The incoming Honduran government will maintain diplomatic ties with Taiwan for now, officials have said, a day after neighbouring Nicaragua broke off diplomatic relations with Taipei to re-establish ties with Beijing.
Prior to winning the Honduran presidential elections late last month, Xiomara Castro of the left-wing Libre Party said she would open diplomatic ties with China. But her team has since backtracked on that stance.
Gerardo Torres, the party’s secretary of international relations and a member of Castro’s transition team, said on Friday that the incoming Honduran government was not about to sever ties with Taipei.
“The new government will maintain relations with Taiwan,” he told the Reuters news agency. “President-elect Xiomara Castro has been clear, these ties will be maintained. Nobody in the party wants to enter government distancing ourselves from the United States.”
As the United States and China jockey for influence, diplomatic ties with Taiwan have become a flashpoint in Central America, where Beijing is looking to deepen links with a region that Washington sees as within its sphere of influence.
Nicaragua broke off diplomatic relations with Taiwan on Thursday to resume ties with China.
Nicaragua’s diplomatic switch was part of efforts by President Daniel Ortega’s government to shield itself from recent international sanctions against Managua, a senior US official told Reuters on Friday.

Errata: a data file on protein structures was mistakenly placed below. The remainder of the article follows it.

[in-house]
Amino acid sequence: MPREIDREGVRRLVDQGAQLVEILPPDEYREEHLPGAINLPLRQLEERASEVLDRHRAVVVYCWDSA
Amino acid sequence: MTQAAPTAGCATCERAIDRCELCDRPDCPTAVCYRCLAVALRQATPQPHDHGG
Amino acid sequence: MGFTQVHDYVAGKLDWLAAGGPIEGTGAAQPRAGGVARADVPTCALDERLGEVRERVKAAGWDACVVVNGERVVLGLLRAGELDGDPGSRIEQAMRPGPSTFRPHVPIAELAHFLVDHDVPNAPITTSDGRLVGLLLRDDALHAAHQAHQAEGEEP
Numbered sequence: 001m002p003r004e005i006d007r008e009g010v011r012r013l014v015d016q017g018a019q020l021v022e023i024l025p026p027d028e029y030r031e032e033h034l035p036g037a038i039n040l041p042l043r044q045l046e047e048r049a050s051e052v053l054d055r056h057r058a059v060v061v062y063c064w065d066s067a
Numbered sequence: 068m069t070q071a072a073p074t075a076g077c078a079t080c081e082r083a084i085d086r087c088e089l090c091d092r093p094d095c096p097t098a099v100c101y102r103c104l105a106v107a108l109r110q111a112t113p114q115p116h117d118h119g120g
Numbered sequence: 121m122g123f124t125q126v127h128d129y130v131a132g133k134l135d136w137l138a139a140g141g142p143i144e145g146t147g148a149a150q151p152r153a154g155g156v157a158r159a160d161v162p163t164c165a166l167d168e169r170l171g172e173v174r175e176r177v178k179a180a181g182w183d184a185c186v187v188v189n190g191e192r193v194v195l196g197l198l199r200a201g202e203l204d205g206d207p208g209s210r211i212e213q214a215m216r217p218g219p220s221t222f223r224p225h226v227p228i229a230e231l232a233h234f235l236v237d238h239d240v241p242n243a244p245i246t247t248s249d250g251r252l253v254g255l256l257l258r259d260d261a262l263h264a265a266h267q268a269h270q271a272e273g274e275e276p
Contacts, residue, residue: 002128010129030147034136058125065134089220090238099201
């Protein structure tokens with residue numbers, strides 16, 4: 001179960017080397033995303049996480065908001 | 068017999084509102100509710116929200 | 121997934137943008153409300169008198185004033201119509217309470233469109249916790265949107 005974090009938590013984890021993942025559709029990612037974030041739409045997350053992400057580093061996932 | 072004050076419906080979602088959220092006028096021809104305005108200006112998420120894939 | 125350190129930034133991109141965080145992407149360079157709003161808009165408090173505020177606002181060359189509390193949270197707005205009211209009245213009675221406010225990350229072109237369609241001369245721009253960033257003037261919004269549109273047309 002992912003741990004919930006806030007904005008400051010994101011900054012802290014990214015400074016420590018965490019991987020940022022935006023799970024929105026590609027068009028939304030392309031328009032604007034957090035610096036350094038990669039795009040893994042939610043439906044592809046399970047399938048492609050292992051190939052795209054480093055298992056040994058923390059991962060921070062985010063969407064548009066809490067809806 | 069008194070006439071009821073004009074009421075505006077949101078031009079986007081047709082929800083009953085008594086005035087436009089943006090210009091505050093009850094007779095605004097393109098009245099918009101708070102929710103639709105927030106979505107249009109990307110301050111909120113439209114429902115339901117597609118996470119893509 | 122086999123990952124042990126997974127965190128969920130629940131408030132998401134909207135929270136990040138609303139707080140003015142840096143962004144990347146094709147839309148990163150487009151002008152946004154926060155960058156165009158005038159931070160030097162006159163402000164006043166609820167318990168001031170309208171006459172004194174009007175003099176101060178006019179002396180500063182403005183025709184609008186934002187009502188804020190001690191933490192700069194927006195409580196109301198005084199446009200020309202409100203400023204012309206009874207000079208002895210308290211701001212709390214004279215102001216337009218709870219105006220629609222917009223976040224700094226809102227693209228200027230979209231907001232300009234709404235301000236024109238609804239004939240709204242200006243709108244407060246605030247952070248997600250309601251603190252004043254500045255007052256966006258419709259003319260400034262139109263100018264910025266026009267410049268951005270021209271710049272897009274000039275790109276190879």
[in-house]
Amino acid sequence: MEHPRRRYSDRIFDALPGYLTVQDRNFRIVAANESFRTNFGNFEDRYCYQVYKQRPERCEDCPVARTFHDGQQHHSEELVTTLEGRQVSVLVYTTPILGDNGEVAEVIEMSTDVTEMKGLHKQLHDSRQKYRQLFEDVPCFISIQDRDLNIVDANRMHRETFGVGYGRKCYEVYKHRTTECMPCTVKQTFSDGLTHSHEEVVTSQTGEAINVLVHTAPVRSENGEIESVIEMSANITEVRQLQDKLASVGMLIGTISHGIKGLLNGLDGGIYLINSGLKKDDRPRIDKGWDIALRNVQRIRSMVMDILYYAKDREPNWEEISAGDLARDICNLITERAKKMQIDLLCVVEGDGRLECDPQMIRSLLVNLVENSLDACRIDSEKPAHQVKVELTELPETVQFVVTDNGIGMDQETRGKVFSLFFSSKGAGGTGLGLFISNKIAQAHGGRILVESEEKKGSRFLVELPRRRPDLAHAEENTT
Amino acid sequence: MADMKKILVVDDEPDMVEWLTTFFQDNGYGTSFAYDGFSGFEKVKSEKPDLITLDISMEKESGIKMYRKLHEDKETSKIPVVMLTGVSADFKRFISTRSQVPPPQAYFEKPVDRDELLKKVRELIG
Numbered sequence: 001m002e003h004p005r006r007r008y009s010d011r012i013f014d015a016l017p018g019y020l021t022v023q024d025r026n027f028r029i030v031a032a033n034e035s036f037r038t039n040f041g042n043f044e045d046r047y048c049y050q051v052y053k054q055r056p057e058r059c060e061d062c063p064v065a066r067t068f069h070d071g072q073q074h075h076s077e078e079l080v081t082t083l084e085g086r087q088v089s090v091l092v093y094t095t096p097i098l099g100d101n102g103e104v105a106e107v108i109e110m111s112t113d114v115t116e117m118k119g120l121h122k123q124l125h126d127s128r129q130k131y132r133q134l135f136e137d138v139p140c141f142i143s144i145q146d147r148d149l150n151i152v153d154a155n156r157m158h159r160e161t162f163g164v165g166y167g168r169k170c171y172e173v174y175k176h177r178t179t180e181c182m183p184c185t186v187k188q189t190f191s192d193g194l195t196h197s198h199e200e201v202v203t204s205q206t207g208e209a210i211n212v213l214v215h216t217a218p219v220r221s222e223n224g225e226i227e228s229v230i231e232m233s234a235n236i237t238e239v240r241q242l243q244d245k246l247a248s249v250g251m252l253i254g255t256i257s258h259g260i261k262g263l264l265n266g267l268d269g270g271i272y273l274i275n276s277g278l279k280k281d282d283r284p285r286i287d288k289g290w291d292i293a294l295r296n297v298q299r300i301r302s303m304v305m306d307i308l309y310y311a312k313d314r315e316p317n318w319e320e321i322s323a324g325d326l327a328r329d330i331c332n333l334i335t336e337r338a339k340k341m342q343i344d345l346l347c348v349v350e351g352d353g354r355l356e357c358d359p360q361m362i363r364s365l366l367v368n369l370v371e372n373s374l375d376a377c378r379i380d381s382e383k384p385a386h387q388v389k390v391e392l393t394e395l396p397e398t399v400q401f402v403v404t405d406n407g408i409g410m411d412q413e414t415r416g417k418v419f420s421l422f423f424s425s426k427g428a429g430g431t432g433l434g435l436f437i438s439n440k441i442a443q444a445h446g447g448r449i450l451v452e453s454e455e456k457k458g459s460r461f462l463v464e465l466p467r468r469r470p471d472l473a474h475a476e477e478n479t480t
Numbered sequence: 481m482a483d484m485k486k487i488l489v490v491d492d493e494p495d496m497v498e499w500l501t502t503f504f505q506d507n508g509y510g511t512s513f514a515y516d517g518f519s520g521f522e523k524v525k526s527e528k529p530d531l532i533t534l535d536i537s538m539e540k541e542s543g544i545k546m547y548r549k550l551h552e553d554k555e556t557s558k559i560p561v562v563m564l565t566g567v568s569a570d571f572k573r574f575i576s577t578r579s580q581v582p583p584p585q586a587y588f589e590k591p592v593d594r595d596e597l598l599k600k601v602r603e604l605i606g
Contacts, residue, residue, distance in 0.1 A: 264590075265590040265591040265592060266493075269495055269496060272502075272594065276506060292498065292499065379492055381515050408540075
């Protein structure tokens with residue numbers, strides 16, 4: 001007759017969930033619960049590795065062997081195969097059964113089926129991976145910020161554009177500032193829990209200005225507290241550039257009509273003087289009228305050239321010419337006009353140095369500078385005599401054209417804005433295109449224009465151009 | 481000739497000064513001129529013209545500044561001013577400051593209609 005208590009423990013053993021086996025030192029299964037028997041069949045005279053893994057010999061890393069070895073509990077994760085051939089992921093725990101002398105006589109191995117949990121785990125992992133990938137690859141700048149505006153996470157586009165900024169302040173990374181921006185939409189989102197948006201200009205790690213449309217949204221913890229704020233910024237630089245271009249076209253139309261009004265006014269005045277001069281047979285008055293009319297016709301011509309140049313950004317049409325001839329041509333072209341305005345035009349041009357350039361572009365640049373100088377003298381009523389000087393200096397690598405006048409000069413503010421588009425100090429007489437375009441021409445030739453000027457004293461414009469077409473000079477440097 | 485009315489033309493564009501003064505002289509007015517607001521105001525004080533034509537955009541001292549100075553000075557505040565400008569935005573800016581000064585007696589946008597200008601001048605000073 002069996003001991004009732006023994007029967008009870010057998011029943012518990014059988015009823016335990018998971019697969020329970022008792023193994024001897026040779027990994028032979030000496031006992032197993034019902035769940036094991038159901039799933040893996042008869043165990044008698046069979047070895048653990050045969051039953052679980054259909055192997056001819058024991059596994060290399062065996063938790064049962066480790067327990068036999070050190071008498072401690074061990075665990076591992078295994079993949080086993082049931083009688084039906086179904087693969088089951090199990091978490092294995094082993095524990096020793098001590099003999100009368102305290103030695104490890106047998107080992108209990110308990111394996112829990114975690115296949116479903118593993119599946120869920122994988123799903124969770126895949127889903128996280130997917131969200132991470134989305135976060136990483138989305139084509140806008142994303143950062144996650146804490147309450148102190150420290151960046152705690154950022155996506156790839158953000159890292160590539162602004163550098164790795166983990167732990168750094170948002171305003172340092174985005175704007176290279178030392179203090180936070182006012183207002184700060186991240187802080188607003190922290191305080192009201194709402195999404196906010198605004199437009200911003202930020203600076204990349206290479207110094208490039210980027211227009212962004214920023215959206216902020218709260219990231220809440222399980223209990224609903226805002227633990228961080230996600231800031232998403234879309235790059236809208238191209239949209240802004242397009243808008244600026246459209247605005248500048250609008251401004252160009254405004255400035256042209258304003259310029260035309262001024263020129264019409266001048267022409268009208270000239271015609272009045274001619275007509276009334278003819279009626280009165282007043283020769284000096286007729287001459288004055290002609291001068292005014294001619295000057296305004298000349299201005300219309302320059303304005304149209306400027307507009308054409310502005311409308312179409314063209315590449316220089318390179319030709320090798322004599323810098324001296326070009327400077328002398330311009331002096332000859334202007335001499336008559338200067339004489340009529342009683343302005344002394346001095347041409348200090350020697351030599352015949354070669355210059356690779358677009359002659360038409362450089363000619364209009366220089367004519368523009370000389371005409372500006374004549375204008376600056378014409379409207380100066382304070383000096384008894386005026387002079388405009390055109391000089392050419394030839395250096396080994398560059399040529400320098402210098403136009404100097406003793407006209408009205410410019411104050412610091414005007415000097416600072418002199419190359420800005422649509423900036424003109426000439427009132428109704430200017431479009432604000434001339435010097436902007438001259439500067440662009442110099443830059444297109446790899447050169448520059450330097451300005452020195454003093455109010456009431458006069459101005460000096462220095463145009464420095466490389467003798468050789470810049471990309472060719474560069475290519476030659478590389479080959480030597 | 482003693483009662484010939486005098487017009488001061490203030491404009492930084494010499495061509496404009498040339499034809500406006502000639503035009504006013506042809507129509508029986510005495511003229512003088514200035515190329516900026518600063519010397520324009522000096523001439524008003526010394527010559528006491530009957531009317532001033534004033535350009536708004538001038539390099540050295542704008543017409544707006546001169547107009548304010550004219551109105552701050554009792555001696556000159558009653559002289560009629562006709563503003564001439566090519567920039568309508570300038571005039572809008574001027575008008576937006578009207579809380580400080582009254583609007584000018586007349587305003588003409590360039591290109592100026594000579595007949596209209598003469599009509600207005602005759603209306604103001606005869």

Ortega has faced widespread criticism and sanctions from the US and European Union after his government oversaw a mass crackdown on opposition figures and presidential hopefuls in the lead-up to elections in early November.
After losing Nicaragua, Taiwan has only 14 formal diplomatic allies left globally. These are mostly small countries in the Pacific, Caribbean, Latin America and Southern Africa that receive heavy foreign aid donations and loans.
China views self-ruled Taiwan as its territory, with no right to state-to-state ties, a view the government in Taipei strongly rejects.
The US is prepared to “surge” economic aid to the incoming Honduran government if it maintains ties with Taiwan, the US official said, adding that Washington is uncertain of what Honduras will do going forward.
Rodolfo Pastor, another member of Castro’s transition team, kept open the possibility that Honduras would recognise China in the future. He called Beijing a “new superpower” and said Tegucigalpa was studying the idea of establishing ties.
Pastor also told Reuters that President-elect Castro wanted to diversify Honduras’ international relations, while emphasising that there would be “no imminent change” in the relationship with Taiwan.
Honduras and Taiwan have a relationship dating back to 1941, before the Republic of China government fled to Taiwan after losing the Chinese civil war.
Honduras is eager to work with the US on stamping out corruption that fuels emigration north, Pastor said. Both Castro and the Biden administration want to tackle the root causes of migration, he added.
The government of Castro, who is the wife of deposed Honduran President Manuel Zelaya, would work to maintain good relations with Washington, provided they were based on mutual respect and sovereignty, Pastor also said.